One of the many heart-wrenching turned hopeful moments of Graphika Manila 2023 was when Burton Rast, UX Design Lead at Google and photographer of the Internet-viral mobile photography series of San Francisco architecture, proved that being creative is tough. He took the courage to reveal his substance dependence, impostor's syndrome, hedonic treadmill run, and the loss of his chosen family members. Rast believes in suffering as a utility in art. But only when one forgives himself can he fully contribute to others. Paying it forward lasts longer than artistic achievements.
In a different approach to dealing with pain, productivity content creator, director, and designer Matthew Encina shared his systematic weighing of options by scoring his pains and gains and the compromise to bridge the gap. He theorized that in navigating a creative journey, an artist always has more than one option, and they can always choose.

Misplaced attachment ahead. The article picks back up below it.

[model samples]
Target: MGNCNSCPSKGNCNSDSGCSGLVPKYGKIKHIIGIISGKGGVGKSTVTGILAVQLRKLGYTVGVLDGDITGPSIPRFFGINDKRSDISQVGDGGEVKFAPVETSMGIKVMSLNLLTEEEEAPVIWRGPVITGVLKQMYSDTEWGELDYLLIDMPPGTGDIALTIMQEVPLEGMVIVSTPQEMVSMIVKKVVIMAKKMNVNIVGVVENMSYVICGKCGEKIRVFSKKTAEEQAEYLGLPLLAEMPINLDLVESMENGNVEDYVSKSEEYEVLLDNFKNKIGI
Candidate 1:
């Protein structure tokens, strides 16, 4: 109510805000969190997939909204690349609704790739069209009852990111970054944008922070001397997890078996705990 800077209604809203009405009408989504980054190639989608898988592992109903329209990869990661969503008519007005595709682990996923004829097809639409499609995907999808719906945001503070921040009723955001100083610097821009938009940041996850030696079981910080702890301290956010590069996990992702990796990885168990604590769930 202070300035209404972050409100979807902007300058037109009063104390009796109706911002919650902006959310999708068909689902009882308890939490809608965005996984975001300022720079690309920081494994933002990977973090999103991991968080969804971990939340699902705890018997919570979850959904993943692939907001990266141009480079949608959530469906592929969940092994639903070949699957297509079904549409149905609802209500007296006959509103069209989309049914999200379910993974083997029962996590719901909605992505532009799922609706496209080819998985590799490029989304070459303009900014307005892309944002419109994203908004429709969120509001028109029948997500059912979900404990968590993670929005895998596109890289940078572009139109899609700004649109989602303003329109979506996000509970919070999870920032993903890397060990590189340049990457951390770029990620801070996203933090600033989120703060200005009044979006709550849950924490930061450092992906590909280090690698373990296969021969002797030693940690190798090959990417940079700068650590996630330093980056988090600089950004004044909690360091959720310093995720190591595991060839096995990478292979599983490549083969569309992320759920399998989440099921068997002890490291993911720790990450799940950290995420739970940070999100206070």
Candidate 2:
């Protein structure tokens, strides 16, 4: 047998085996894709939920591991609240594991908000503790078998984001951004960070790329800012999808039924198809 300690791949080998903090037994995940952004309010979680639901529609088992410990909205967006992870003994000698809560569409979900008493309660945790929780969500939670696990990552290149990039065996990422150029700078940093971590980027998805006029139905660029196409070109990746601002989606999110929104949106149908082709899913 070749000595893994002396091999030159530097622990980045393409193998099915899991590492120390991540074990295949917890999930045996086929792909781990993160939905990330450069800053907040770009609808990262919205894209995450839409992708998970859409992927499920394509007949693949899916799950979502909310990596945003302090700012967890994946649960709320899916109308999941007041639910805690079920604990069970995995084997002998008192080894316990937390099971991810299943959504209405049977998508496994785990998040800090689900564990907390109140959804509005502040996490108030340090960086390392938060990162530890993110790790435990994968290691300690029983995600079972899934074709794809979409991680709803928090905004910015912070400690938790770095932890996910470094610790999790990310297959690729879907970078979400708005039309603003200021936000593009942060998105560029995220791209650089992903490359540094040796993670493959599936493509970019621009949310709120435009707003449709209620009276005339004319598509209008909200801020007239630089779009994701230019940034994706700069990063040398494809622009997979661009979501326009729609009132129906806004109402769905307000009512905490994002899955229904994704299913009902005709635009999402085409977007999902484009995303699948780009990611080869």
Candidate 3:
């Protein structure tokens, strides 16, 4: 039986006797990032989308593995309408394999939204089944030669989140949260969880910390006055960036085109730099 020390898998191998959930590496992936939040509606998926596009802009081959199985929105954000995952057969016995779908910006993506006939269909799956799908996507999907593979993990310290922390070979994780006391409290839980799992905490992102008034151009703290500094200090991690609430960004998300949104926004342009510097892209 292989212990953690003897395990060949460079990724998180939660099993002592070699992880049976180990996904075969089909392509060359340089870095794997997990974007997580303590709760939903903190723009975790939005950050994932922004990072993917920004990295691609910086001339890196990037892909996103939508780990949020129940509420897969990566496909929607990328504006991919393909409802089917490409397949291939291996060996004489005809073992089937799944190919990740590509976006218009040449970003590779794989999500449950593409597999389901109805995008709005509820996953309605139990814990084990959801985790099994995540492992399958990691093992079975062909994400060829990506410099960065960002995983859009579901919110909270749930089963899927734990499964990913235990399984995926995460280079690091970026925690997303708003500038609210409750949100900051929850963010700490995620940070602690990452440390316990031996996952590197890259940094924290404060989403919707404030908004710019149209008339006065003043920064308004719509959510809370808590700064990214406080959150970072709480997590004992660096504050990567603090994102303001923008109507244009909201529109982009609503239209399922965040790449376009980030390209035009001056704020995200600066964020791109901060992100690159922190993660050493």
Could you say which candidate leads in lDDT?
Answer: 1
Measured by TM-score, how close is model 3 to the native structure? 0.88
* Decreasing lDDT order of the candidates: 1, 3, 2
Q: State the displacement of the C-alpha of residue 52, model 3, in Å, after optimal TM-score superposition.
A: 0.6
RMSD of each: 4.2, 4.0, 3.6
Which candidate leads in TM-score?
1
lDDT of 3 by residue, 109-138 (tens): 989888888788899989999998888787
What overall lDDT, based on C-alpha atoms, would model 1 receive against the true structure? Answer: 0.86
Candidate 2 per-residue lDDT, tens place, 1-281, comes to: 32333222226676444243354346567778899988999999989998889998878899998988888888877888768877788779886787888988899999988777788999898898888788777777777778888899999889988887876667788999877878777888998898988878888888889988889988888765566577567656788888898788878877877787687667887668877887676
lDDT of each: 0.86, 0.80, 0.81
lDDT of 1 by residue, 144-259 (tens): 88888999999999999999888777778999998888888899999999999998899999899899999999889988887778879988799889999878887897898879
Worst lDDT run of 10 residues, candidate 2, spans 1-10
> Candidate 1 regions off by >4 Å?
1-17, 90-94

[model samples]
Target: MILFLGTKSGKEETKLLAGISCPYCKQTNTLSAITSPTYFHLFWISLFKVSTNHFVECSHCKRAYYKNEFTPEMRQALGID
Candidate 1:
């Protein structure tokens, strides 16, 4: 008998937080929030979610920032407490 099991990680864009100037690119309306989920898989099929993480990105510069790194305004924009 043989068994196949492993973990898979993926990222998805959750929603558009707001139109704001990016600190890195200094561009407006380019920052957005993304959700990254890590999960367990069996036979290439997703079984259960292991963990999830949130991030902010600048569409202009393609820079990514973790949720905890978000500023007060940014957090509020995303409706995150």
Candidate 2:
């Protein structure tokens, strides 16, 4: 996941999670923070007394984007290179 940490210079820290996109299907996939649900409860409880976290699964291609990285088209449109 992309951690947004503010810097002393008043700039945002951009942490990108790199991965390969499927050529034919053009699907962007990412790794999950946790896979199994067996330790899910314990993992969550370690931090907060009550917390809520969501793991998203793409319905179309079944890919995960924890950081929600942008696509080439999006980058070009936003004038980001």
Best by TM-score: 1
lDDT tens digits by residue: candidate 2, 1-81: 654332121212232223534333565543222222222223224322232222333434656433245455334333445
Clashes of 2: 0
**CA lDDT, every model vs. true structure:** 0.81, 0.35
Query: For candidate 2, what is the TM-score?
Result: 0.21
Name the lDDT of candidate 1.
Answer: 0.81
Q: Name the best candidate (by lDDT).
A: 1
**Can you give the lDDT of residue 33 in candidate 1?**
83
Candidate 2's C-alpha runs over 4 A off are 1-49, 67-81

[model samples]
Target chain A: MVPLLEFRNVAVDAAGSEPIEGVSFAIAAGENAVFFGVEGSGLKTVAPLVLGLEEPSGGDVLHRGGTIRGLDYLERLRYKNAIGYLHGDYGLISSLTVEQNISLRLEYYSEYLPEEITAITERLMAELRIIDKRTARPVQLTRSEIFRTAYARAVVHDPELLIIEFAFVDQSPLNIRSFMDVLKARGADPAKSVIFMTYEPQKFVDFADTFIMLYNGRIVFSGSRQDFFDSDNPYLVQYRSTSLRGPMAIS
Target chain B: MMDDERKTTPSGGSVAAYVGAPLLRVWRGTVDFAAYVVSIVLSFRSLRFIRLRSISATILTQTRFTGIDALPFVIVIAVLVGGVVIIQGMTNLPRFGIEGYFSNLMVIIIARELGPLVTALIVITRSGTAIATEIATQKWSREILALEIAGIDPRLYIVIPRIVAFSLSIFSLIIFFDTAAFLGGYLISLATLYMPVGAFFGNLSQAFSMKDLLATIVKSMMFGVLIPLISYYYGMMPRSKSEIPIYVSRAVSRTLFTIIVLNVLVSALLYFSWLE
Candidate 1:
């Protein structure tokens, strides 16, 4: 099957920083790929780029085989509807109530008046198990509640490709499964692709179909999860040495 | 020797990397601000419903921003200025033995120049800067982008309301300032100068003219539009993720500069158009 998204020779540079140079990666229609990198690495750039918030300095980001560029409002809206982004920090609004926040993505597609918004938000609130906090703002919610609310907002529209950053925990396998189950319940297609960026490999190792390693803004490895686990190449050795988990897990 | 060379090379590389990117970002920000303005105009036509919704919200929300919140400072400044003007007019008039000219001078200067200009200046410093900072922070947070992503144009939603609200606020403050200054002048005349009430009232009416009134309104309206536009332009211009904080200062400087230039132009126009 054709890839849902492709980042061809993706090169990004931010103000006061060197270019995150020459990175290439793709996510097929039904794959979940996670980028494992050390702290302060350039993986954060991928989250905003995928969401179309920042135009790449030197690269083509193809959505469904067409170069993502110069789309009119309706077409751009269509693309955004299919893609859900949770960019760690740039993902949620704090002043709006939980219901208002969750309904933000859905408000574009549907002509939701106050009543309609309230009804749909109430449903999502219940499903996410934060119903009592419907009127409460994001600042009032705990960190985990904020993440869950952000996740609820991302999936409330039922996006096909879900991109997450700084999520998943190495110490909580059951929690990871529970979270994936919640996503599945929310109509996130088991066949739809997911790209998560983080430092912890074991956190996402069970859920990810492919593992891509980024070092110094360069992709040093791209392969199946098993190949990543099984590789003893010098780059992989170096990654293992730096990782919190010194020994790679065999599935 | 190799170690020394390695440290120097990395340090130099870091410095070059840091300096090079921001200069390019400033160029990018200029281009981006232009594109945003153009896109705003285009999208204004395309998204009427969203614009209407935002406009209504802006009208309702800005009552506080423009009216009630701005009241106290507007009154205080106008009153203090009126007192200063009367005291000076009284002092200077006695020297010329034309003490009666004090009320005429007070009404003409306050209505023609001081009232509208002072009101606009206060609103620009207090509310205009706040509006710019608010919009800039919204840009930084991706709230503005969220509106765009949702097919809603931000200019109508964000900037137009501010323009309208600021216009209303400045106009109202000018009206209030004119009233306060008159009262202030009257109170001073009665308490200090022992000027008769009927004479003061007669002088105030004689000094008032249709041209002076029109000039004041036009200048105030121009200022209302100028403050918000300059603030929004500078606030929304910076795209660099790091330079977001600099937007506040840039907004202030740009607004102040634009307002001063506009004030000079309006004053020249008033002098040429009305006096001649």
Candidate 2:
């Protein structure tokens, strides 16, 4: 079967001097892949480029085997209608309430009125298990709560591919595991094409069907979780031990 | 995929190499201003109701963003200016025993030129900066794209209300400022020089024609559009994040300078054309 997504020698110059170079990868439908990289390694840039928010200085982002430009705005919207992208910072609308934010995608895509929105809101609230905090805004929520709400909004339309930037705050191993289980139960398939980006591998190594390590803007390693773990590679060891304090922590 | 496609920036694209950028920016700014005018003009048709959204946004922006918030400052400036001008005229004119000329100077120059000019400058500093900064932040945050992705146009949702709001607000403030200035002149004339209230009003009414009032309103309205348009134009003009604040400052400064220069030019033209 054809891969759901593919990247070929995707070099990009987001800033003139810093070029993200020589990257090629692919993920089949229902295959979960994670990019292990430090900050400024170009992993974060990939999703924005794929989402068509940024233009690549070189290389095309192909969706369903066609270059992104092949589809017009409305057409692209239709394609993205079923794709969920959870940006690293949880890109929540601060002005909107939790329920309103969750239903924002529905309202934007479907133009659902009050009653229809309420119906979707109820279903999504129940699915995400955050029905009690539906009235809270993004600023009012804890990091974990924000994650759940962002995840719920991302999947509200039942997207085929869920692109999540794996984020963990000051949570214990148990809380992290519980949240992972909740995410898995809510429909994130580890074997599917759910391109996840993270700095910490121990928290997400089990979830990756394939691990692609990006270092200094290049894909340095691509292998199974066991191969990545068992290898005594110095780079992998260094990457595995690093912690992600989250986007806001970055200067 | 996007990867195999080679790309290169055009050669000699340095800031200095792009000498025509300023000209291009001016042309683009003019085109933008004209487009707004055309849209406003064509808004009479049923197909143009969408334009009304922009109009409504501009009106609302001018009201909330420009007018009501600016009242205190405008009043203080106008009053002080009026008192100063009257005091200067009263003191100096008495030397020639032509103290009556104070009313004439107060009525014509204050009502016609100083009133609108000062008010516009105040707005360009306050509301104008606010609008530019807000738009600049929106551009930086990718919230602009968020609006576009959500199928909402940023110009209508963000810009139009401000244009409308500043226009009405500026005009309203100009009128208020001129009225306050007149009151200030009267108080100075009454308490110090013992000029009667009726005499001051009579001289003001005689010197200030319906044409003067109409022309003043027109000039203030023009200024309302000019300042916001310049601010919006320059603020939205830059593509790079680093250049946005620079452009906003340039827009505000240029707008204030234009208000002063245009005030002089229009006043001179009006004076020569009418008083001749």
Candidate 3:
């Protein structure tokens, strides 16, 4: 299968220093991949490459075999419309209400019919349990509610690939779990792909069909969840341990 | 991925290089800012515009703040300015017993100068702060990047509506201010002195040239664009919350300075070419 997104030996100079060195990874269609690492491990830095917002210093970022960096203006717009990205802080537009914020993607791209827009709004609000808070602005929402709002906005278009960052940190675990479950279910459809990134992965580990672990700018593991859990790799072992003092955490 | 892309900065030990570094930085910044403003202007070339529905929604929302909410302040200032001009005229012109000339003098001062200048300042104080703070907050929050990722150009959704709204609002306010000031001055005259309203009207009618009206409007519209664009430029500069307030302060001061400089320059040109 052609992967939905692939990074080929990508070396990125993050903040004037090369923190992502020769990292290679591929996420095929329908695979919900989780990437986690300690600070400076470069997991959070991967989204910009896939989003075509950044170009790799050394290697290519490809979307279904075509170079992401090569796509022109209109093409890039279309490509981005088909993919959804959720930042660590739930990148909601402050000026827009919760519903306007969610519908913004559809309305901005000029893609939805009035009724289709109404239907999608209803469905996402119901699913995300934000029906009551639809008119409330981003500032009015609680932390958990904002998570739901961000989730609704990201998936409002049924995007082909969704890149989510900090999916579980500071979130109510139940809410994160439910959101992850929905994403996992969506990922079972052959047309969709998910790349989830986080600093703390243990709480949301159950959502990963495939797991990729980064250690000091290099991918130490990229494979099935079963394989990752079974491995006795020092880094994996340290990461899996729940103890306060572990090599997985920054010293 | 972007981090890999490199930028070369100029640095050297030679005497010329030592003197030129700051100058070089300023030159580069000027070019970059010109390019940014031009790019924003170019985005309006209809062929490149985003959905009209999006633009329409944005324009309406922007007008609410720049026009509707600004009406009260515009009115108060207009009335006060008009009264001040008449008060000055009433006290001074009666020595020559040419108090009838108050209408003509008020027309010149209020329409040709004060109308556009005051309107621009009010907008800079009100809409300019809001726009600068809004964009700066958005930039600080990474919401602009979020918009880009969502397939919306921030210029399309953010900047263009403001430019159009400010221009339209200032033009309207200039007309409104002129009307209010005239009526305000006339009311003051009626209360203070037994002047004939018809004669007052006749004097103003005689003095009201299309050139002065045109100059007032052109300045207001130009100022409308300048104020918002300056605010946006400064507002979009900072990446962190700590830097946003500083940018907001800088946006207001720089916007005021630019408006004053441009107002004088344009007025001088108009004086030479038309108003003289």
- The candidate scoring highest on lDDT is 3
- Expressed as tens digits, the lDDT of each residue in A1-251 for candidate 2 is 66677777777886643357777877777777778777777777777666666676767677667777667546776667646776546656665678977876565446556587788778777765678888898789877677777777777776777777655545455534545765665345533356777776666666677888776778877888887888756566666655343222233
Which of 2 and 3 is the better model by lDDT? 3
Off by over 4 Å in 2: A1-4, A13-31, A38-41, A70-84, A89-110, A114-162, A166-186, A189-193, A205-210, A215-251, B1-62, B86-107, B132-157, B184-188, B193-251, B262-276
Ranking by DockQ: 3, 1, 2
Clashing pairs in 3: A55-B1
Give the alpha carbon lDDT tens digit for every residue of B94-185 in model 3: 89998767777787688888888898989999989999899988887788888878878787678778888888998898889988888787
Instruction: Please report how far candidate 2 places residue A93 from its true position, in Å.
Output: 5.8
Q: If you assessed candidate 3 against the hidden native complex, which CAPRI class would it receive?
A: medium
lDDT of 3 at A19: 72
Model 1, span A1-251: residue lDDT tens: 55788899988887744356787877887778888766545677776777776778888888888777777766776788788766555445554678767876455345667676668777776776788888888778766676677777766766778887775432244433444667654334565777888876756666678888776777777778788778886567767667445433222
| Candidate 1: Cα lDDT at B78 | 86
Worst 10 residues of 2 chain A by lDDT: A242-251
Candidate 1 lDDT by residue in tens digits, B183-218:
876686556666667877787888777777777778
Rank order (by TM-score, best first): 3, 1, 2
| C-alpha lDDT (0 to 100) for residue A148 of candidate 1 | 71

The COVID-19 pandemic did not spare the high-profile client serving multimedia event management company Super Bonfire. The giant firm's technical expertise includes larger-than-life light projections, real-time synchronized drone shows, and augmented reality executions, which greatly suffered since their bread and butter live shows were taken away. However, Super Bonfire accepted the challenge to continue and saw the light at the end of the tunnel through virtual event launches and concert productions.